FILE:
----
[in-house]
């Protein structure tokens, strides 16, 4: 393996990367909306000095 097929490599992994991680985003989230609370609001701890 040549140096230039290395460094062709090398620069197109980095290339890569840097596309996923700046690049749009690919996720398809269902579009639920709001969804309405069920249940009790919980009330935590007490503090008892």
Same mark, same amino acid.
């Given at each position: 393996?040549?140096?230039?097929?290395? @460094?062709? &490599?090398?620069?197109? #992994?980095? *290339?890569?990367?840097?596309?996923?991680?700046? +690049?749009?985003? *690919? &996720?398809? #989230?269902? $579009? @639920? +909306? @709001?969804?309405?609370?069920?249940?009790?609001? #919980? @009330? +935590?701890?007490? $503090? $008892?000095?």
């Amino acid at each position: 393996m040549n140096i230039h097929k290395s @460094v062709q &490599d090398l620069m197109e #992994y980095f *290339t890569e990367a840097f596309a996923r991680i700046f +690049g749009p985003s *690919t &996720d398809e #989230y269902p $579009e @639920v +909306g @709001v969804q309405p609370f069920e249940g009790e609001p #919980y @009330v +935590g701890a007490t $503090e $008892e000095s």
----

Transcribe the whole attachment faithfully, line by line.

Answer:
[in-house]
């Protein structure tokens, strides 16, 4: 393996990367909306000095 097929490599992994991680985003989230609370609001701890 040549140096230039290395460094062709090398620069197109980095290339890569840097596309996923700046690049749009690919996720398809269902579009639920709001969804309405069920249940009790919980009330935590007490503090008892």
Same mark, same amino acid.
């Given at each position: 393996?040549?140096?230039?097929?290395? @460094?062709? &490599?090398?620069?197109? #992994?980095? *290339?890569?990367?840097?596309?996923?991680?700046? +690049?749009?985003? *690919? &996720?398809? #989230?269902? $579009? @639920? +909306? @709001?969804?309405?609370?069920?249940?009790?609001? #919980? @009330? +935590?701890?007490? $503090? $008892?000095?």
């Amino acid at each position: 393996m040549n140096i230039h097929k290395s @460094v062709q &490599d090398l620069m197109e #992994y980095f *290339t890569e990367a840097f596309a996923r991680i700046f +690049g749009p985003s *690919t &996720d398809e #989230y269902p $579009e @639920v +909306g @709001v969804q309405p609370f069920e249940g009790e609001p #919980y @009330v +935590g701890a007490t $503090e $008892e000095s």